In 1955, Dingell won a special election to fill his dead father’s seat in Congress. This, after serving in the military at the end of WWII, and graduating (via the GI Bill) from Georgetown University with a degree in chemistry.

According to the author, only in the past few decades has politics in the United States become nastier than ever. And he knew. He served 59 years in Congress.

In August 2009, he held a Town Hall meeting in Romulus, Michigan to speak about the healthcare bill (Obamacare). The hundreds of protestors and hecklers who filled the meeting hall weren’t even from Michigan. They were from other midwestern states.

They believed the propaganda that had sparked fear and outrage against Obamacare. “This was an ambush organized by that evil Dick Armey and his lunatic Tea Party crowd. The Koch brothers were funding the whole damn thing in order to stop the Affordable Care Act from passing in Congress.”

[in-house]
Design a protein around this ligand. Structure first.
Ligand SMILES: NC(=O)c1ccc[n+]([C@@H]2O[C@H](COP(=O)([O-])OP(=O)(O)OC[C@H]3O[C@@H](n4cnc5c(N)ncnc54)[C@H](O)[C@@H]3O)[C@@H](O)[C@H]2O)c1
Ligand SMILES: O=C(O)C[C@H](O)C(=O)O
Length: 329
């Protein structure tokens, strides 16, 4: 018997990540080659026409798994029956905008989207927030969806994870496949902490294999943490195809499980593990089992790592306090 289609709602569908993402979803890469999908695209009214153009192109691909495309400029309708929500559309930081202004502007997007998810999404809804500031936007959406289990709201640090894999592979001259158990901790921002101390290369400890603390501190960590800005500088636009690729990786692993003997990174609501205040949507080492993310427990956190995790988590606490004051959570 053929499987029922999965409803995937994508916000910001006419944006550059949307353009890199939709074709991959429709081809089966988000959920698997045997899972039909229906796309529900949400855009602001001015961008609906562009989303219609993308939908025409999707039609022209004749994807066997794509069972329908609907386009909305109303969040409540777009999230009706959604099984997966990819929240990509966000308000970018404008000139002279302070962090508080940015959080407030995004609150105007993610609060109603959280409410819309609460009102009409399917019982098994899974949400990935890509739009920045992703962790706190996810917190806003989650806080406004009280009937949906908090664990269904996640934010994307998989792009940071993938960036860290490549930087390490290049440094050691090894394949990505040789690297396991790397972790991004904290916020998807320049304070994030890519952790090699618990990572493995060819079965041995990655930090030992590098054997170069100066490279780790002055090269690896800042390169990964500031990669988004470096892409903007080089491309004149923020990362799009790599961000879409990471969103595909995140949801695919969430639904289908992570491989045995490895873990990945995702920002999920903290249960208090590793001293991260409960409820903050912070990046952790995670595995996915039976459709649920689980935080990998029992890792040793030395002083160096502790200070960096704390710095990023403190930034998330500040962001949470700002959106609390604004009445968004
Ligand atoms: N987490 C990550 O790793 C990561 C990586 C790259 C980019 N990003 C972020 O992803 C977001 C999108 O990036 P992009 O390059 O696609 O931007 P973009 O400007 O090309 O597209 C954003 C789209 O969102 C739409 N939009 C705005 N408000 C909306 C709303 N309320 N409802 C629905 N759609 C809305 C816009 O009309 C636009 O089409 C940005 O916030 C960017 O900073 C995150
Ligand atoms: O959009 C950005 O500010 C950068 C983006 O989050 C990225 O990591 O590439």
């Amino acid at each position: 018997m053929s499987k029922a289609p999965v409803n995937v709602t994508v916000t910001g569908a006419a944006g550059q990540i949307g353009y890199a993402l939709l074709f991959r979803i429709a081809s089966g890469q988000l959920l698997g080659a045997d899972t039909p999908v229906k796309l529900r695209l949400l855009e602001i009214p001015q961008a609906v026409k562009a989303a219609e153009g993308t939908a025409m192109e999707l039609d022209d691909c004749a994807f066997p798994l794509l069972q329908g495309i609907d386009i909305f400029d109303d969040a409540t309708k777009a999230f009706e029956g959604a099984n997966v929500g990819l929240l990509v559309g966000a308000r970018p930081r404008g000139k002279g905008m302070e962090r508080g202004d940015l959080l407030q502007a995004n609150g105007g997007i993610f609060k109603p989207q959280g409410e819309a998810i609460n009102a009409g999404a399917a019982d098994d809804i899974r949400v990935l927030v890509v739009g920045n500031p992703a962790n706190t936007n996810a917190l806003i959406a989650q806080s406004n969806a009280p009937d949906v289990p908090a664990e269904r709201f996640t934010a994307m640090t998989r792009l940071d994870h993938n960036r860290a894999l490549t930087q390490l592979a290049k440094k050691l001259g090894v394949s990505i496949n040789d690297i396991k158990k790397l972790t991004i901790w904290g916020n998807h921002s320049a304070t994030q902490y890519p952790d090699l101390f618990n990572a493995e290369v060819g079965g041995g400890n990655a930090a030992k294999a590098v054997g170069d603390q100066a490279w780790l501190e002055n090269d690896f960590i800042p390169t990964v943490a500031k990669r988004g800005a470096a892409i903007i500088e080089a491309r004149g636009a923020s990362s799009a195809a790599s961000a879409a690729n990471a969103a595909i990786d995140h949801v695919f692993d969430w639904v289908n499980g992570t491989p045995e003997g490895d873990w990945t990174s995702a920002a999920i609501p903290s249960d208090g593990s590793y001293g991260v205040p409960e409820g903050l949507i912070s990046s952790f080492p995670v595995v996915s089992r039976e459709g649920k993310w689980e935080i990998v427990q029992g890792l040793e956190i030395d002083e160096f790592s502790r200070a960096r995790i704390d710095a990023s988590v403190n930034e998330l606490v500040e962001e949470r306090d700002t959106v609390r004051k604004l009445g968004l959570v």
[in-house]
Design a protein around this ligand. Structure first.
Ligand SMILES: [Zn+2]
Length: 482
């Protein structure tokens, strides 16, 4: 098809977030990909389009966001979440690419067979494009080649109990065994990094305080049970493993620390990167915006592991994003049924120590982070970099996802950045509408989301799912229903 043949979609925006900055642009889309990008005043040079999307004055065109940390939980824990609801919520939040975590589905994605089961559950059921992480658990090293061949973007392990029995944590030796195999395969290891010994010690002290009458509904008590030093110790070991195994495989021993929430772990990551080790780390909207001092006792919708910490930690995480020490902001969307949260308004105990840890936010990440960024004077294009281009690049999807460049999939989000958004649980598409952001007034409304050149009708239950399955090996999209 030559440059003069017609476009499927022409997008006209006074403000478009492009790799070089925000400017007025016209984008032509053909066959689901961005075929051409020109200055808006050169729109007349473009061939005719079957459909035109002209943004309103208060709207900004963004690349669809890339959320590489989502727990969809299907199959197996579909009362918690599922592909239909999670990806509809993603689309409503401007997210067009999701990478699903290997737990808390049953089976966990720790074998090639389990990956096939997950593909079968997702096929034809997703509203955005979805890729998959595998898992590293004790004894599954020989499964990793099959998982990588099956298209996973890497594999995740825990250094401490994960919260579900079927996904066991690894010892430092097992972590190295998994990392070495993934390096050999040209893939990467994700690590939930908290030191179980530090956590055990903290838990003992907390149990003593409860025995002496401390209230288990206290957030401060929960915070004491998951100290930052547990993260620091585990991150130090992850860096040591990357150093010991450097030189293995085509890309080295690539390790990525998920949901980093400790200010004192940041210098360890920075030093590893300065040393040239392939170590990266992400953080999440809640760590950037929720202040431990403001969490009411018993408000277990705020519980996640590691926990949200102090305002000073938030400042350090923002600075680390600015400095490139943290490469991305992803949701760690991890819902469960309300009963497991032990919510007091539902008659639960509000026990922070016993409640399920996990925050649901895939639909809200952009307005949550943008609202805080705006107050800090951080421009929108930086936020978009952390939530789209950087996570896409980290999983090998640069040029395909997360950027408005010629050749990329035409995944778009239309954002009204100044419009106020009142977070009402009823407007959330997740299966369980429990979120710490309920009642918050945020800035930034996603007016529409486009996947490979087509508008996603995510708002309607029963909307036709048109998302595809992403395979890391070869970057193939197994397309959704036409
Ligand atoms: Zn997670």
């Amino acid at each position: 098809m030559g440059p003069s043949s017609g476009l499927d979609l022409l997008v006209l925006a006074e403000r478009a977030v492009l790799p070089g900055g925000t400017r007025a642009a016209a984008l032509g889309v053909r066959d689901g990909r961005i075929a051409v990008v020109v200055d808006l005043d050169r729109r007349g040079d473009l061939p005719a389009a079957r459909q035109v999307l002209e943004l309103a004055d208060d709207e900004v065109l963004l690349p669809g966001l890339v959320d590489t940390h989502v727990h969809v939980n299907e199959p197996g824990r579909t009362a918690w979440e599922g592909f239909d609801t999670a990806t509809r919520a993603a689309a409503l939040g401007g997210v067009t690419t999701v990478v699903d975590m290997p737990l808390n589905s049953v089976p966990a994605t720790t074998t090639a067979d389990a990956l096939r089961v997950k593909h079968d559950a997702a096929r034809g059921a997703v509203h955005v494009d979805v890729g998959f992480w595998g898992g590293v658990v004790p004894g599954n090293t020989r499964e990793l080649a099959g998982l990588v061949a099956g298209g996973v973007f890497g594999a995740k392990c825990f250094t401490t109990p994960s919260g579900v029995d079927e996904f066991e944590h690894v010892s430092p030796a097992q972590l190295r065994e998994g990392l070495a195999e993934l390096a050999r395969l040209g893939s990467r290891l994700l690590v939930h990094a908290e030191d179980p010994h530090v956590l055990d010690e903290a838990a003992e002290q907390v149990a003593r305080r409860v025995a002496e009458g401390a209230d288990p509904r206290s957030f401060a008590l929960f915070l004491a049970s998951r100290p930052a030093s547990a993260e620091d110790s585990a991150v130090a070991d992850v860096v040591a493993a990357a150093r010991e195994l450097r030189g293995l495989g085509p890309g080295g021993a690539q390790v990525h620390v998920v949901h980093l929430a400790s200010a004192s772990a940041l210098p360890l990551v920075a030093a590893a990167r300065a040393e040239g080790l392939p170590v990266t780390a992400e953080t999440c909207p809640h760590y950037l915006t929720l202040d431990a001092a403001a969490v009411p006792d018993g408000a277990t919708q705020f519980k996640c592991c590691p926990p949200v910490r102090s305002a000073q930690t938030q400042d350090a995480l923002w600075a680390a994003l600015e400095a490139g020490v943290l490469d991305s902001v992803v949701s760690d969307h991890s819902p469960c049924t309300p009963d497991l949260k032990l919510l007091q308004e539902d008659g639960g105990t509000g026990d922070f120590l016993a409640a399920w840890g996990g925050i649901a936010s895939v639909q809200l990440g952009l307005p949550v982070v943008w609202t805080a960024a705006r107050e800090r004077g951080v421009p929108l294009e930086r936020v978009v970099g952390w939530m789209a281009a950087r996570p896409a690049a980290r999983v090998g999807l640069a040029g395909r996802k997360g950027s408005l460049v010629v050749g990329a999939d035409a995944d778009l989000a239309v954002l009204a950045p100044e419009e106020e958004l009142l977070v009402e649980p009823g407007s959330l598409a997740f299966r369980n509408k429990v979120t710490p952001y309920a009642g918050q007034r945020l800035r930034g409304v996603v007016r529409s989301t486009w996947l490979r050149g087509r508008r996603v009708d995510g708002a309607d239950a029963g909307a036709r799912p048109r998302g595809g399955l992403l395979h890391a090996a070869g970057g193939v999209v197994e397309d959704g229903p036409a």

The brainwashed attendees rudely, childishly yelled slurs nonstop at the tops of their lungs the whole time. Dingell was used to such abusive treatment however, having had a cross burned on his lawn more than once, as he supported Civil Rights laws. Like his father before him, however, he didn’t put up with corruption.

It is little known that in 1943, Dingell’s father submitted the first national healthcare proposal ever in the United States. The American Medical Association railed against it because the plan would have reduced its power.

Another surprising bit of information is that President Richard Nixon was a great advocate of environmentalism (only in the United States, of course), supporting the EPA and clean air and water legislation in 1970; this is curious, given Nixon’s track record in connection with the desecration of Vietnam.